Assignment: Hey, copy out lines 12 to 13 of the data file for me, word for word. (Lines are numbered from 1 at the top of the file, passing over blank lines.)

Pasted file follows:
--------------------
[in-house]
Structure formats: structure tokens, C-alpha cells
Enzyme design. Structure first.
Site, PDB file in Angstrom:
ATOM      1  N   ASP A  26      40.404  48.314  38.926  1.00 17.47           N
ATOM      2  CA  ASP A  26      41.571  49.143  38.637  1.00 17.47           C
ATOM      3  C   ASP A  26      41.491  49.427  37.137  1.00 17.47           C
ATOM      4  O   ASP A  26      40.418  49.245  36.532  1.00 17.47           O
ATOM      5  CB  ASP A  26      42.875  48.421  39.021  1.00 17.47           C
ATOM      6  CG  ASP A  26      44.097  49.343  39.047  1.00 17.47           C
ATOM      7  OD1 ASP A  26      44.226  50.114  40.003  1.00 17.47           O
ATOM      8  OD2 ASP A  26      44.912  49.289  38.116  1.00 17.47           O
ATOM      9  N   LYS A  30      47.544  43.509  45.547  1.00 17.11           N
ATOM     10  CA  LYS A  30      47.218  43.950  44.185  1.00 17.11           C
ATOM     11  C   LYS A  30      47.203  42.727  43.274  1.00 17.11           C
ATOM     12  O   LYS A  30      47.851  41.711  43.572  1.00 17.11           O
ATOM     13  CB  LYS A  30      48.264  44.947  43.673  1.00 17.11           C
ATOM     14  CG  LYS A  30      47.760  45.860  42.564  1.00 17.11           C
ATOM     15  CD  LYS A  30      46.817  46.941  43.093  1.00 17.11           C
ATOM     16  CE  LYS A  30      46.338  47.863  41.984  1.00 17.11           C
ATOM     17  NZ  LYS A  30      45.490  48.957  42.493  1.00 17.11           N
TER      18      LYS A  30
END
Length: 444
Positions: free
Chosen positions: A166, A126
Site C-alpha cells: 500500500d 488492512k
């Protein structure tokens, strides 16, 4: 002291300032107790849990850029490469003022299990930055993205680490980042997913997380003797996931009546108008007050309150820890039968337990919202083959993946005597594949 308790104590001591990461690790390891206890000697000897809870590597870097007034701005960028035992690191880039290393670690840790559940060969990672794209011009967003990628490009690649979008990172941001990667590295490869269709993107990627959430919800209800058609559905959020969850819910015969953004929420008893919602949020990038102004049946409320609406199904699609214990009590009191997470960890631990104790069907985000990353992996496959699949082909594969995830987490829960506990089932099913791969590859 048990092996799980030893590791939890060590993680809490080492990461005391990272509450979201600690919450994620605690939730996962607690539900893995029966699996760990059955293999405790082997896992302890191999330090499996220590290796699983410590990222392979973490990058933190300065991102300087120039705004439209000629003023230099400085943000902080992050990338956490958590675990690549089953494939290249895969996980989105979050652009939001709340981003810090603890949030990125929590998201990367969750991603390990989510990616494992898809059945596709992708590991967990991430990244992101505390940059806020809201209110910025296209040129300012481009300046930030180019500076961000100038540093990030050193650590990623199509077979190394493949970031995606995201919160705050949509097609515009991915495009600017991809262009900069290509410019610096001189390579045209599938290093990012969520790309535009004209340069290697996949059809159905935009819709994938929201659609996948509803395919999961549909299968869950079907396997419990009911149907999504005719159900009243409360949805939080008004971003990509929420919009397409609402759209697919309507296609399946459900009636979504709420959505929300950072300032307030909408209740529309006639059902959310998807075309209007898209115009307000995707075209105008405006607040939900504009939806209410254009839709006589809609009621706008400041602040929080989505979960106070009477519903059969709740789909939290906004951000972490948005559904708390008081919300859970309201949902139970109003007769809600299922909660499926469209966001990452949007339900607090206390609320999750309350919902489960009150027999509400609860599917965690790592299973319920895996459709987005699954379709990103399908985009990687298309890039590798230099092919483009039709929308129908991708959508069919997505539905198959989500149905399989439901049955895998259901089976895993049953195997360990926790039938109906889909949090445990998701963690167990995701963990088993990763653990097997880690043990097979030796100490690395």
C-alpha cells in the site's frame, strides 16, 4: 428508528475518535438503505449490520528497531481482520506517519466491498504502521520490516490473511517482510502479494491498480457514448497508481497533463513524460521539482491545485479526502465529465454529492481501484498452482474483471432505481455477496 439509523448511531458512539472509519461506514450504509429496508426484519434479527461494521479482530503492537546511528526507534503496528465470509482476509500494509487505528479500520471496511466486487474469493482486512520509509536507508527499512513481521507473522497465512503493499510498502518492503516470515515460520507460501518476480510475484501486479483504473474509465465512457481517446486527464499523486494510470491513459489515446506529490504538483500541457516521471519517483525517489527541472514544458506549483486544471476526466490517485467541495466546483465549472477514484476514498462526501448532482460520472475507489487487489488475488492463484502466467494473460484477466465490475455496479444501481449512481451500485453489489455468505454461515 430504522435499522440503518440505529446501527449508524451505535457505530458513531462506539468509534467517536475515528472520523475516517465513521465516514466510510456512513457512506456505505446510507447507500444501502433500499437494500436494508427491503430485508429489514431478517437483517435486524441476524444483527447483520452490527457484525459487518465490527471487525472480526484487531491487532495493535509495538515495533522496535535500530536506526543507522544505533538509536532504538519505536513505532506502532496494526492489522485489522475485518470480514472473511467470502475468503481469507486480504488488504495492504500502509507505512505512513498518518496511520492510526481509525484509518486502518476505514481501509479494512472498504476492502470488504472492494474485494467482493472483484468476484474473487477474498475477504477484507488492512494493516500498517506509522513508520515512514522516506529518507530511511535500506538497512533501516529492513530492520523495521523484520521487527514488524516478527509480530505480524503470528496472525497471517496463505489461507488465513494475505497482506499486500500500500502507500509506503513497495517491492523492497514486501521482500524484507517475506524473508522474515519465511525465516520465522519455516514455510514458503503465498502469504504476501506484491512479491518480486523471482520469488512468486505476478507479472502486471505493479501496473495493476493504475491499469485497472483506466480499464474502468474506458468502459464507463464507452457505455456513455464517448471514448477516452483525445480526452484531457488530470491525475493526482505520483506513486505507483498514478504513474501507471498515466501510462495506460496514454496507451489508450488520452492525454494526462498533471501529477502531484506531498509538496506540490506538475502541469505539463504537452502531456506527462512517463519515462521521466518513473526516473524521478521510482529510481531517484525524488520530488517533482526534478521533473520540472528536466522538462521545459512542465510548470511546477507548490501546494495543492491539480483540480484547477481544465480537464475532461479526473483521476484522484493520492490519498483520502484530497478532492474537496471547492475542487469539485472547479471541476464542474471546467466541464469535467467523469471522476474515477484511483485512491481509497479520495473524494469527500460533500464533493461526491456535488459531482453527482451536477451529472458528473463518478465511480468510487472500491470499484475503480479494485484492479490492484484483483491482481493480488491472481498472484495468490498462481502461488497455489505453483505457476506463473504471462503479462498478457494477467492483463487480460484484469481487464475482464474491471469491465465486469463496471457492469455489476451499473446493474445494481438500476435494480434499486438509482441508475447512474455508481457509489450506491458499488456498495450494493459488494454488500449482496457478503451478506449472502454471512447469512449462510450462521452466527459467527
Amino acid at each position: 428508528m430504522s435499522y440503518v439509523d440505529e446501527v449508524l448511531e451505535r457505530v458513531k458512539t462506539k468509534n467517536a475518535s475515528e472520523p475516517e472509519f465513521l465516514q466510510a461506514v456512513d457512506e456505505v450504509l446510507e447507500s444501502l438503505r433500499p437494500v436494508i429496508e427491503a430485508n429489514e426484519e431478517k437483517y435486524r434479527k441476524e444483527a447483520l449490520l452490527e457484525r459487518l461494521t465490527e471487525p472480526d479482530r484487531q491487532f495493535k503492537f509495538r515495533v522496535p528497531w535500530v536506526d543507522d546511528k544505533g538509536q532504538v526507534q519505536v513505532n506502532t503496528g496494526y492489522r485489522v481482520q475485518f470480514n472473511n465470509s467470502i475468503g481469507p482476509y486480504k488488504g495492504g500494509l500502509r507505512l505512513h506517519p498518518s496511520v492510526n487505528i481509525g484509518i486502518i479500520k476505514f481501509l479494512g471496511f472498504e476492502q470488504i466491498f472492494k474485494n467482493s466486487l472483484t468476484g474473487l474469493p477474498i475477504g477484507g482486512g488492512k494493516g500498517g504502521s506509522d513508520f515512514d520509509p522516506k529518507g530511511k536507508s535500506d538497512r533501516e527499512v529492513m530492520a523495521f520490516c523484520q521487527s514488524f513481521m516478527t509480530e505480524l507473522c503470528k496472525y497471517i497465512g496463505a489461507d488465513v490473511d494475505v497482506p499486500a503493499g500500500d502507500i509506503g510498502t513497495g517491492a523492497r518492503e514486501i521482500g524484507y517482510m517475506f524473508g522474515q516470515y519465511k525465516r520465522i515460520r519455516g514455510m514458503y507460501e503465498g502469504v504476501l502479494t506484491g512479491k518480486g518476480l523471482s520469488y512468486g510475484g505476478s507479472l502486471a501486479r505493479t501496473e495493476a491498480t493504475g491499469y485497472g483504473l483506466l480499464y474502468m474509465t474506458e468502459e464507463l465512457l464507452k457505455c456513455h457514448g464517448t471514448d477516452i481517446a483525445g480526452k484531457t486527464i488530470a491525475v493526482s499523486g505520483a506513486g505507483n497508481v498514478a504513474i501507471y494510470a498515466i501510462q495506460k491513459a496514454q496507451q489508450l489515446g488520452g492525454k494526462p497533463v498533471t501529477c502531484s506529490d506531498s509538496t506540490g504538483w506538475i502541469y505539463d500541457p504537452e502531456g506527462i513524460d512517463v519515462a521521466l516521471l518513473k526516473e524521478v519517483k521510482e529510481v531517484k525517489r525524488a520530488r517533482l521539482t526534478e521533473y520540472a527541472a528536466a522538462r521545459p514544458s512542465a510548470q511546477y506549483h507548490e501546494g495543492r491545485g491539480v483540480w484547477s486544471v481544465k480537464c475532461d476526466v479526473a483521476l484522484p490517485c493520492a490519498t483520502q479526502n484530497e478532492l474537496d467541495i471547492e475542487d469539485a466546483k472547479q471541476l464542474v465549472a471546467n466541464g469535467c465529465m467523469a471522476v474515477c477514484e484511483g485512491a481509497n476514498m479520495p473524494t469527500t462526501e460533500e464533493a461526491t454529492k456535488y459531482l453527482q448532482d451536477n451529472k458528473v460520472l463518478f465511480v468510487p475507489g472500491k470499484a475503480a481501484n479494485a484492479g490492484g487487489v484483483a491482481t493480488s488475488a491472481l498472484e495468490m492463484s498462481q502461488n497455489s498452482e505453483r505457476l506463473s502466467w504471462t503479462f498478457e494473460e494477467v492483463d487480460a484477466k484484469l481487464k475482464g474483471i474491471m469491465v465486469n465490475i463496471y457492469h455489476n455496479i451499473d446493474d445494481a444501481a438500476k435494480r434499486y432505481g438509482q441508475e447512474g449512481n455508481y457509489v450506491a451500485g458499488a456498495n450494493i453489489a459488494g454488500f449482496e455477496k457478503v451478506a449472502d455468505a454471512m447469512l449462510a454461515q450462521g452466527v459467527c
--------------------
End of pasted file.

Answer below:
ATOM      8  OD2 ASP A  26      44.912  49.289  38.116  1.00 17.47           O
ATOM      9  N   LYS A  30      47.544  43.509  45.547  1.00 17.11           N